An excerpt from "Echoes of Their Footsteps, Volume I" by Kathleen Hegarty Thorne. Researched by Patrick Flanagan.
On 22 August 1920 District Inspector Oswald Ross Swanzy, who had led the raiding party that killed Mayor Tomás MacCurtain in Cork, was himself the victim of a gunshot wound.
After his relocation from Cork city, which after the death of MacCurtain was considered too dangerous a place for him, he was transferred to Lisburn, Co. Antrim. Michael Collins’s intelligence network had traced him there.
Two IRA men from Cork, Sean Culhane and Dick Murphy, were sent north to join up with Belfast Volunteers Roger McCorley and George Fox. McCorley and Fox waited outside the Church of Ireland in Lisburn for Swanzy to emerge and followed him for a block before shooting him.
MacCurtain’s own gun, which had been forwarded to Joe McKelvey in Belfast by Sean Hegarty, was used to fire the first shot (John Borgonovo notes in Florence and Josephine O’Donoghue’s War of Independence, p. 97).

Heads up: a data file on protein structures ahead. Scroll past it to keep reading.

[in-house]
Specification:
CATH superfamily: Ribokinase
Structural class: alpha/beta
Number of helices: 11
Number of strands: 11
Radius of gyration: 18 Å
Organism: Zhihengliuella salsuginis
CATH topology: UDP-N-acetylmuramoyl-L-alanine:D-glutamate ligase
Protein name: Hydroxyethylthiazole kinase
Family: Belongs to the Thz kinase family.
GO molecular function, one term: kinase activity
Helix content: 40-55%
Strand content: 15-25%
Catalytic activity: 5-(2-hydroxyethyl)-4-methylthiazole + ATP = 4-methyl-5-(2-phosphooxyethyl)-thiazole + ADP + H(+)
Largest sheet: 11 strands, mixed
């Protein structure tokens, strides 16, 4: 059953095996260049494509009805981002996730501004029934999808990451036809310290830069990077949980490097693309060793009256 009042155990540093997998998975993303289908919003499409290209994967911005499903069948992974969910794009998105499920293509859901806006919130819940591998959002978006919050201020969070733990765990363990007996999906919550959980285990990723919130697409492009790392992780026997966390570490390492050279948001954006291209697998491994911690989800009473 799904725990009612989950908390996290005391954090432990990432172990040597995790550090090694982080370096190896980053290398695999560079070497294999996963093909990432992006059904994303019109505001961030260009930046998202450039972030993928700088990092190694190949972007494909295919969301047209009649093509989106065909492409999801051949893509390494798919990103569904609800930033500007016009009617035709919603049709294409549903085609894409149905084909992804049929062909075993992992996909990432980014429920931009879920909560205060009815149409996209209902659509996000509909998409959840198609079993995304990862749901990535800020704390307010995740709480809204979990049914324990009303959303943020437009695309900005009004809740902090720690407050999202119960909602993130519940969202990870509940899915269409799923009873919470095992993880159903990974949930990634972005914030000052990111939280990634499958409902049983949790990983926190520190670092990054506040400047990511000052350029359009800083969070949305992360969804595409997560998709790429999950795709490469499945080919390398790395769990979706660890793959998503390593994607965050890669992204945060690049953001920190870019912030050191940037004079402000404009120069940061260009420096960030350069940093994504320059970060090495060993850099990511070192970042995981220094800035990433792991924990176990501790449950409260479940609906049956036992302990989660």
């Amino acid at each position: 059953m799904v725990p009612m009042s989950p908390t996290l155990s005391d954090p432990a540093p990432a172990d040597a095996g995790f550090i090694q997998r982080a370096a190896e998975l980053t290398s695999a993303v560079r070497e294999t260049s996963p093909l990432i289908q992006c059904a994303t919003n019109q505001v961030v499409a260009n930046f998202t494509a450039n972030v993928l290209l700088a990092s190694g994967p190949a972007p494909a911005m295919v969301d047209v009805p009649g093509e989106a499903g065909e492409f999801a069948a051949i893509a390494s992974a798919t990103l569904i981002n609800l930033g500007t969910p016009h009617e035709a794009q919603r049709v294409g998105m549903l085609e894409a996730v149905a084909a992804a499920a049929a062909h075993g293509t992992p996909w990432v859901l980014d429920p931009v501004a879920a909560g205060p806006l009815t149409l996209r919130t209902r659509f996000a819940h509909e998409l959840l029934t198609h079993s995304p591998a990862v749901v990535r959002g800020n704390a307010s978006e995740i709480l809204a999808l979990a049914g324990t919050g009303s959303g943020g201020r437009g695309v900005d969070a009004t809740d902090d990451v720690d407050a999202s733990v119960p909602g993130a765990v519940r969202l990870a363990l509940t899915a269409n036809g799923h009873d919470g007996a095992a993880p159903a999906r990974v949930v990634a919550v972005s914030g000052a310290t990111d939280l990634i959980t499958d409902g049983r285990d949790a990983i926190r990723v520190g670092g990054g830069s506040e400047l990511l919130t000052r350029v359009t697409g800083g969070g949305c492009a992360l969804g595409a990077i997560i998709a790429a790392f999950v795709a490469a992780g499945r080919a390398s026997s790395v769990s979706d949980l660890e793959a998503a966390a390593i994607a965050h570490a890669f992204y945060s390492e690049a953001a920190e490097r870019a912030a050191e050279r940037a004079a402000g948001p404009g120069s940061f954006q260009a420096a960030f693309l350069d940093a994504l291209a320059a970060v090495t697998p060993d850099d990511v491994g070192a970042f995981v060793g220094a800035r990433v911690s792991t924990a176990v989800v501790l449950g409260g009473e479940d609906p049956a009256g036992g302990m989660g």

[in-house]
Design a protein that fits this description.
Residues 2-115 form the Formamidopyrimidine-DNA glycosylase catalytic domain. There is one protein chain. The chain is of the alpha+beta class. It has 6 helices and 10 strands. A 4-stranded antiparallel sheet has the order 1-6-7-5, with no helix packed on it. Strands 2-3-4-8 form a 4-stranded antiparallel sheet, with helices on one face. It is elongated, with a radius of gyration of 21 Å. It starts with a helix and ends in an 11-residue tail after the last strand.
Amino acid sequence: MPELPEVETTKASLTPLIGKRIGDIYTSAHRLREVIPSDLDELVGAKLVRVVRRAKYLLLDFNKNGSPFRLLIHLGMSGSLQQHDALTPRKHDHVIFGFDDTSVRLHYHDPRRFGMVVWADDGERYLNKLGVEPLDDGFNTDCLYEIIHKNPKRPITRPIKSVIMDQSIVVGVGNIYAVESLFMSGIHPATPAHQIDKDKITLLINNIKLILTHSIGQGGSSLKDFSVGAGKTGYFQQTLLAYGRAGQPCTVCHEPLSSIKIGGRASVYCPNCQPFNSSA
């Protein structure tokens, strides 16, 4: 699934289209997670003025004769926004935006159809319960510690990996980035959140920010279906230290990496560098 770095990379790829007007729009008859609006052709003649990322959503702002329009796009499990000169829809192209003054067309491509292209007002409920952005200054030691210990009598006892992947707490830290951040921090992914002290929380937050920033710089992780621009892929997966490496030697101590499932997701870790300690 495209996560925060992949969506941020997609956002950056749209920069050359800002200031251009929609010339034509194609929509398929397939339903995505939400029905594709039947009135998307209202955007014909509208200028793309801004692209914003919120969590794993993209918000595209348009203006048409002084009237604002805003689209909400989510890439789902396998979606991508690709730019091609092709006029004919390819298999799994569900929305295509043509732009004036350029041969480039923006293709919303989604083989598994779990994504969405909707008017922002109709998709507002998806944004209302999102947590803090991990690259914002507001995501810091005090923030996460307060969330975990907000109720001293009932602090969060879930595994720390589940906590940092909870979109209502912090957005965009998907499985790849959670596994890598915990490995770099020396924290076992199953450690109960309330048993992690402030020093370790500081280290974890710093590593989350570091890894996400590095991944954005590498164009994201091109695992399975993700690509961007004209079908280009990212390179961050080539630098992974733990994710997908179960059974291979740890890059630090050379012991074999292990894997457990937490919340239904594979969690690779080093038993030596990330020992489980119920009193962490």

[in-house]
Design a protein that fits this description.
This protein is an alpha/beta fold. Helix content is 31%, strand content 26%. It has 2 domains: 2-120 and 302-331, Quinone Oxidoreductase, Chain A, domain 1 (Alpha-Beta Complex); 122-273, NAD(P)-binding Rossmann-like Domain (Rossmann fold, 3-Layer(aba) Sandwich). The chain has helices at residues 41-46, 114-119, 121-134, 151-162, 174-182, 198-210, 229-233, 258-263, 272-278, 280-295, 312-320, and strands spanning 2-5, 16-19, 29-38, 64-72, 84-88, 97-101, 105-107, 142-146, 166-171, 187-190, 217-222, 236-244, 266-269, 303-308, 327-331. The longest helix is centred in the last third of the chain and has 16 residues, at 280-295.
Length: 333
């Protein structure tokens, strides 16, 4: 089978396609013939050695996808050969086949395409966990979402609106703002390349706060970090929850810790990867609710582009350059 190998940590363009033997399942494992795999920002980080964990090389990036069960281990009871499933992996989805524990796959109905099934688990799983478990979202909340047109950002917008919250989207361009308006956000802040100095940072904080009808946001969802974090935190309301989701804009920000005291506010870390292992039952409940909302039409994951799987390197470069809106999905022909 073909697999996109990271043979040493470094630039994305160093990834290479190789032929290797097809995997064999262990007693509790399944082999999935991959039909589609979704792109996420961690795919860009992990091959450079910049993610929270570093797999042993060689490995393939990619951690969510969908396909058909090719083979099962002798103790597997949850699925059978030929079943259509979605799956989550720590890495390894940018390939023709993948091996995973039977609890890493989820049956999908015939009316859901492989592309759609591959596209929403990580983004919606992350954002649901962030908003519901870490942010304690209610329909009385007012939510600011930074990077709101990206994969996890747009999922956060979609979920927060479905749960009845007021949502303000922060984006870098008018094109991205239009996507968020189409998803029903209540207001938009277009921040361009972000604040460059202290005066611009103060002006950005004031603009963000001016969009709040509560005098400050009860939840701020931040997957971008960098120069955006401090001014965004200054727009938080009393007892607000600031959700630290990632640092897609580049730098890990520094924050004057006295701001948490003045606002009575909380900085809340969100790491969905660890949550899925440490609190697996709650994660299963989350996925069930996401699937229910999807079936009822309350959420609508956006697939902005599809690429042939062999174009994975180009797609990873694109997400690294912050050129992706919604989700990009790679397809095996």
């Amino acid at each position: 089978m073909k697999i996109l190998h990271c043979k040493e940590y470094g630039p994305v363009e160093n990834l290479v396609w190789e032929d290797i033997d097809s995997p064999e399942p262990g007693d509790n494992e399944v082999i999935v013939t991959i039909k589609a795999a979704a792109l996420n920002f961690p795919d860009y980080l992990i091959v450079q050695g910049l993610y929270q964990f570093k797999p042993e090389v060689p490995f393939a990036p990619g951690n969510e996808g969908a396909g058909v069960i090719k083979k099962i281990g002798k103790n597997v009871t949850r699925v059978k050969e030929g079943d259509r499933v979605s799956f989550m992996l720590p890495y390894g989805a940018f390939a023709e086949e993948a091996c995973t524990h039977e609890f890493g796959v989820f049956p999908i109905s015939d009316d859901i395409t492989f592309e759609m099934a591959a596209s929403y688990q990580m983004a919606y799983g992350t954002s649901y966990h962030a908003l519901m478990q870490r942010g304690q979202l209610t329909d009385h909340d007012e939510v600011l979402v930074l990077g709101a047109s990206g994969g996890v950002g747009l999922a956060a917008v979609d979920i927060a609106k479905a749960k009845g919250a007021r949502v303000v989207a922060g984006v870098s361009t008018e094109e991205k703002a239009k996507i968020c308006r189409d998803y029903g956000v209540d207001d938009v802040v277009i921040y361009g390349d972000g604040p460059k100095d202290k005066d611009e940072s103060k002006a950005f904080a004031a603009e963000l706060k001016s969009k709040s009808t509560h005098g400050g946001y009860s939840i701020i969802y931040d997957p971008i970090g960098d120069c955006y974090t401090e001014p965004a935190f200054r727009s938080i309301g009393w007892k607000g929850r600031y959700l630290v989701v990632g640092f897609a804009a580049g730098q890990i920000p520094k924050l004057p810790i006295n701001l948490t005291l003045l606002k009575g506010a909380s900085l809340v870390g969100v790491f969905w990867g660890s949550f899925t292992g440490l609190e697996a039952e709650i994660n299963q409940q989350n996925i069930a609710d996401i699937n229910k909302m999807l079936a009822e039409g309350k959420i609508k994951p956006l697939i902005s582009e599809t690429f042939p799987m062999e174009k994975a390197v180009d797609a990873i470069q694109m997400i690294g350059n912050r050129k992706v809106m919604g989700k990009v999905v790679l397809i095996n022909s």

The assassination of Swanzy sparked eight days of rioting in Lisburn and Belfast. Thirty-one people were killed and several hundred injured in the upheavel (Police Casualties in Ireland 1919−1922 by Richard Abbott, pp. 113−115), (Who’s Who in the Irish War of Independence and Civil War 1916−1923 by Padraic O’Farrell, p. xvi), (Michael Collins by Tim Pat Coogan, p. 149), and (Sean Hegarty by Kevin Girvin, p. 18).
The driver of the attacking party, Jack Leonard of Tourlestrane, Co. Sligo, was later identified and sentenced to death for his participation. His sentence was commuted to life, and he was released during the Truce (Sligo 1914−1921 A Chronicle of Conflict by Michael Farry, p. 244)
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